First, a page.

Sinai wants private sector flood aid
SHARM EL SHEIKH, 15 September 2014 - The Egyptian governorate of South Sinai yesterday advanced a proposal to raise funds from the private sector and other donors, to combat flash floods such as those which destroyed exclusive parts of the Taba Red Sea resort area on May 8.
General Khaled Fouda, Governor of South Sinai, Egypt, told a press conference at the Second Arab Conference on Disaster Risk Reduction, that the cost of the unprecedented flash floods was Egyptian £850 million.
“This year’s flash floods have cost £850 million to repair. That’s the price we are paying for just one day’s flooding. This was a massive disaster as a result of one day of torrential rains. The government is now investing in spillways and building reservoirs to contain the floodwaters,” he said.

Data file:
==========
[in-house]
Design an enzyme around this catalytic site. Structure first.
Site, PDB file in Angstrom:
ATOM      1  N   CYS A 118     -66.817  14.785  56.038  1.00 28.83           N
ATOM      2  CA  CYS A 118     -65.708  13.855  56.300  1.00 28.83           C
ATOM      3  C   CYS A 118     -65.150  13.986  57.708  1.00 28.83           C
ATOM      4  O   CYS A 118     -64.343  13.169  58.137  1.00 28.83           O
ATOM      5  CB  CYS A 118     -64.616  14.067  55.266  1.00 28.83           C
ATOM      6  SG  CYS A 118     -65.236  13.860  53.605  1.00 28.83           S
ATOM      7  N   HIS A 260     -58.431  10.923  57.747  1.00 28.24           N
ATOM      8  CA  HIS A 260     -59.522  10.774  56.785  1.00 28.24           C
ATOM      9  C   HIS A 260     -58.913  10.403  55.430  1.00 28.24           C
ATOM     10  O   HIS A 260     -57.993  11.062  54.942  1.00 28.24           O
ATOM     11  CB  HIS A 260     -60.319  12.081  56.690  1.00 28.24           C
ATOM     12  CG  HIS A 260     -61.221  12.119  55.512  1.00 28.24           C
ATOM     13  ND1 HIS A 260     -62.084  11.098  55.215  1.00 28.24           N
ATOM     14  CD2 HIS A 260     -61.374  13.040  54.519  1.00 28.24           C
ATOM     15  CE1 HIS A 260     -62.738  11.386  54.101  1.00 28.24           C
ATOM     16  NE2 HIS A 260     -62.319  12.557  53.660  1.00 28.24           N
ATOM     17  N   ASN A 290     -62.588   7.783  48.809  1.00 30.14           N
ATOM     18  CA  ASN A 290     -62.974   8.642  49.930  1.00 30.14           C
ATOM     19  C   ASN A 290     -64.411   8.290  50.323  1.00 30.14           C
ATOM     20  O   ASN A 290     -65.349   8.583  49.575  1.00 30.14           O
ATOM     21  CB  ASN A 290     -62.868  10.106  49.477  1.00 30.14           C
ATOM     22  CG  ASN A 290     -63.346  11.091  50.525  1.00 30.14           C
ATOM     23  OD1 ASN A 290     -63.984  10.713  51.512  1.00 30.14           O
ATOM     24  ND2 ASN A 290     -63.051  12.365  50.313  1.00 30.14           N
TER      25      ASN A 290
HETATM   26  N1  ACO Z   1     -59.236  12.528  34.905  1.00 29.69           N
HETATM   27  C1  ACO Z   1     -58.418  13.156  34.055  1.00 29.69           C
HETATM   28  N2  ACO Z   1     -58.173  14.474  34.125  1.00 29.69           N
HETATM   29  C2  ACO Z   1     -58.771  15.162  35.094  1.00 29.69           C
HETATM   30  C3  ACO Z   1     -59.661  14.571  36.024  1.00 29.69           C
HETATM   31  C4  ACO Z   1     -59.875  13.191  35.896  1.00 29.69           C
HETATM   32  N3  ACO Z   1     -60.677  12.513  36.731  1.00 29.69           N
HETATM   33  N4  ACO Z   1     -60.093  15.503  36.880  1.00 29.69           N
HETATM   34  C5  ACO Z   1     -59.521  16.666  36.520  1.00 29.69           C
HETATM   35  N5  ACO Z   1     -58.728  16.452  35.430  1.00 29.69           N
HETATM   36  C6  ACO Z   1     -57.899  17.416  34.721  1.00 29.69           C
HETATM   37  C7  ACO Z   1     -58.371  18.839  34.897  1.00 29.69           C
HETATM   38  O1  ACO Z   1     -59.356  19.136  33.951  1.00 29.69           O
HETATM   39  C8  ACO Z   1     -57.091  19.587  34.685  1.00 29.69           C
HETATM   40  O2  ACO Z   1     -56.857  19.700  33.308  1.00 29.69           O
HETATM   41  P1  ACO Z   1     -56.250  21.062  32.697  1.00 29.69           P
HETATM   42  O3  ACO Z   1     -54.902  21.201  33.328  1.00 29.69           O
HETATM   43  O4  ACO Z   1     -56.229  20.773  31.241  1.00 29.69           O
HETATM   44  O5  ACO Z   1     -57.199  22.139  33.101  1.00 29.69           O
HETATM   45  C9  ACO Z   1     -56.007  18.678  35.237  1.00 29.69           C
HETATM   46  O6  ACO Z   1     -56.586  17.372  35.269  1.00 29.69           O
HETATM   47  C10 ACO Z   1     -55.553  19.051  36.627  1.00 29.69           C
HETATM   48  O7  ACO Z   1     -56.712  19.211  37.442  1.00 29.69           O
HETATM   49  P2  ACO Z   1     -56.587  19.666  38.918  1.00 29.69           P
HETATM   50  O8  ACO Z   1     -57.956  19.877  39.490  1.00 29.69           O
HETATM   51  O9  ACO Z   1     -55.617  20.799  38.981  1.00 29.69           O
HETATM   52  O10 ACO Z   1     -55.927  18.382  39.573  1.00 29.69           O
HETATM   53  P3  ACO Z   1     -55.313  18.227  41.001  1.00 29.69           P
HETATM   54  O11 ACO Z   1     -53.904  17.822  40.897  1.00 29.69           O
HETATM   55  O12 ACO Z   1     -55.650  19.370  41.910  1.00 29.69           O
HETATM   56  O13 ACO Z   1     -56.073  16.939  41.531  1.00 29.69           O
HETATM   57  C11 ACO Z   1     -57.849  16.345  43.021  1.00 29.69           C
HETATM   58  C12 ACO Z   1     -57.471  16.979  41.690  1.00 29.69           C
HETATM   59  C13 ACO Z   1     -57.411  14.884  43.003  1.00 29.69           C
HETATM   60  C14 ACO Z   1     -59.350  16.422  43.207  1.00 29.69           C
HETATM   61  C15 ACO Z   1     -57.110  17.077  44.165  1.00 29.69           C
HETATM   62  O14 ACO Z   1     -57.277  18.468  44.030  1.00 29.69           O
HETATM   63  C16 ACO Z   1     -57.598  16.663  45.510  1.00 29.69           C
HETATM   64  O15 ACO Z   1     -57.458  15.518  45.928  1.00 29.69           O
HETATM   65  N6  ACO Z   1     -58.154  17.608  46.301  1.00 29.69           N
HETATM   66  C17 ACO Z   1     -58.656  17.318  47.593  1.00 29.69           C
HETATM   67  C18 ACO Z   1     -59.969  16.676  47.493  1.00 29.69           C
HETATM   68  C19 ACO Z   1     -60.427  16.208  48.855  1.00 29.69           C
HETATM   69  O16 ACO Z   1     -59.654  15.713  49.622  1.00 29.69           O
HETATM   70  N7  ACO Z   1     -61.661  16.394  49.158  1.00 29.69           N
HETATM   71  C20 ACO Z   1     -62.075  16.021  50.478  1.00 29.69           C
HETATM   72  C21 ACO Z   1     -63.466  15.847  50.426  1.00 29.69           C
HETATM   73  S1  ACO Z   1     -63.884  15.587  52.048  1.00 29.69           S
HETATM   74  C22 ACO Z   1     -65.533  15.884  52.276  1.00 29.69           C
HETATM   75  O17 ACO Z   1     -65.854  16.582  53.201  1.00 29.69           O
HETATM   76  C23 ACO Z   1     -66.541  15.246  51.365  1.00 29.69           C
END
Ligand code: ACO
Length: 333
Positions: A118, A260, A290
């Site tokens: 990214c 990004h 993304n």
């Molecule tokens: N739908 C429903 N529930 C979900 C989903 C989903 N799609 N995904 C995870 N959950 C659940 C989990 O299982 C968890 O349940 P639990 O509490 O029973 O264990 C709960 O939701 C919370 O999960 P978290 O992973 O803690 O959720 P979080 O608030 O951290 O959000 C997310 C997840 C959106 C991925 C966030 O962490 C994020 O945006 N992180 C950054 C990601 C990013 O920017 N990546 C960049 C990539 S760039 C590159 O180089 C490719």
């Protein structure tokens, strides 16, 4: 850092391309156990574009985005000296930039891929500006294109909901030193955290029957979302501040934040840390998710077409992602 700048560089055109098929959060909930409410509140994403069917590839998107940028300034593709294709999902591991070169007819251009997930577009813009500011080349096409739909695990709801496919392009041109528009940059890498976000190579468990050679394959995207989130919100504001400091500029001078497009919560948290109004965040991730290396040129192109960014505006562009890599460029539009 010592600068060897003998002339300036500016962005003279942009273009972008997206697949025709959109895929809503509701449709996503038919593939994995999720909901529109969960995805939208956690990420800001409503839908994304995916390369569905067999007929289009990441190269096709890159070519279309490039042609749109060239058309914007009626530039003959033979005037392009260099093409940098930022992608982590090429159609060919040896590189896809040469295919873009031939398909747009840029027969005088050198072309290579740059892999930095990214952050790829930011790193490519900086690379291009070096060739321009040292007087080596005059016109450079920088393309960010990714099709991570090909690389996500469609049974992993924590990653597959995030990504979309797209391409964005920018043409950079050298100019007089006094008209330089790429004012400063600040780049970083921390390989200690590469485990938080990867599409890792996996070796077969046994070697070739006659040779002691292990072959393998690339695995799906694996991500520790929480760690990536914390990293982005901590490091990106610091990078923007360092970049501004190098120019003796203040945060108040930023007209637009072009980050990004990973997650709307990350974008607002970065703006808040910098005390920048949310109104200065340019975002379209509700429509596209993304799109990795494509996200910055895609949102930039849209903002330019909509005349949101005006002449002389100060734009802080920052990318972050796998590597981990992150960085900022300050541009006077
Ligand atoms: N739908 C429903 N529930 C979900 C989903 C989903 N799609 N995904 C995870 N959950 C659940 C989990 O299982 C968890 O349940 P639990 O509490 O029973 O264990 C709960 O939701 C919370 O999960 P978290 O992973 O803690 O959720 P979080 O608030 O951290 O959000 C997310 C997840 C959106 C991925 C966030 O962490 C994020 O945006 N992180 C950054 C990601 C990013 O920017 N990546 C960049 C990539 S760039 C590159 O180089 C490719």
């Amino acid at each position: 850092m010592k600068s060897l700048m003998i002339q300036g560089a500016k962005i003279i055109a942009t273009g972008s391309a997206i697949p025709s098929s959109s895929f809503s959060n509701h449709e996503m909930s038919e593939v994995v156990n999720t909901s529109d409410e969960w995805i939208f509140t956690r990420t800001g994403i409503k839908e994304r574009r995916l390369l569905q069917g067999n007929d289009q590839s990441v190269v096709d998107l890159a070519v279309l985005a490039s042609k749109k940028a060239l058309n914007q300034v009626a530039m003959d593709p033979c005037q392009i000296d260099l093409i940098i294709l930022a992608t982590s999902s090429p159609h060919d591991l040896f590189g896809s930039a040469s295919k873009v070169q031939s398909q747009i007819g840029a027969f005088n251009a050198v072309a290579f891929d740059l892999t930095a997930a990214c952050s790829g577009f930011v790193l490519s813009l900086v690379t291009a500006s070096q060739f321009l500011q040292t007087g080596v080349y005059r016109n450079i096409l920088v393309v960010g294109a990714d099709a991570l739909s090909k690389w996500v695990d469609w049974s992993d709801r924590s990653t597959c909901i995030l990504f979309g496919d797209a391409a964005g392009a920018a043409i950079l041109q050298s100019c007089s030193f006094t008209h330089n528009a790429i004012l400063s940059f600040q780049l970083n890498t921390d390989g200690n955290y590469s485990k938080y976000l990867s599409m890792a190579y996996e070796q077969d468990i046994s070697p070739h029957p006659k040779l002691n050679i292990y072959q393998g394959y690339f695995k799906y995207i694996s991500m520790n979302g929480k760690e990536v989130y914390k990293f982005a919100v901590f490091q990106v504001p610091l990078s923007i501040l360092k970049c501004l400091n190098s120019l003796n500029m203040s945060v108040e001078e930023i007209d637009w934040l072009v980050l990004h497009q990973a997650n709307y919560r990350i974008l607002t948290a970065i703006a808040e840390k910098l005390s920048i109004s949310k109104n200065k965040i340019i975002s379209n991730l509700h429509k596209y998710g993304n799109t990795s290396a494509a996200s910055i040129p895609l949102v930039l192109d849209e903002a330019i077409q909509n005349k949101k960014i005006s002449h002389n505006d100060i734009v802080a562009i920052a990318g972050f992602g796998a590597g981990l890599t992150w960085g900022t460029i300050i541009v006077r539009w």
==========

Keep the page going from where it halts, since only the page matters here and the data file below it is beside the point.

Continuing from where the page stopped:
Currently, flash flood monitoring is focused on three areas in the Sinai, the Gulf of Aqaba, the Gulf of Suez, and the summit of St. Catherine. The Governor appealed to Japan for further technical assistance to improve the early warning system.
Dr. Khaled Metwally, assistant to the Governor, said the floods caused lots of destruction and two deaths. Strong currents of water flowed through the lobbies and ground floors of several luxury five star hotels in Taba Heights.
The May flood waters did not follow their traditional route to the sea from the Wateer valley but instead breached the road between Nuweiba and Taba. Over 70 families were displaced and economic losses to the local tourist industry were considerable.
Speaking at a side event on urban risks in the Arab region, General Essam Khedr, adviser to the Governor, proposed that a fund be set up to manage disaster risk and that the private sector should contribute a small percentage based on the construction cost of new properties.
Earlier UNISDR Chief Margareta Wahlstrom and Ambassador Thani Thongphakdi, co-Chair of the Preparatory Committee for the Third UN World Conference on Disaster Risk Reduction drew attention to the growing scale of economic losses from disasters in recent years.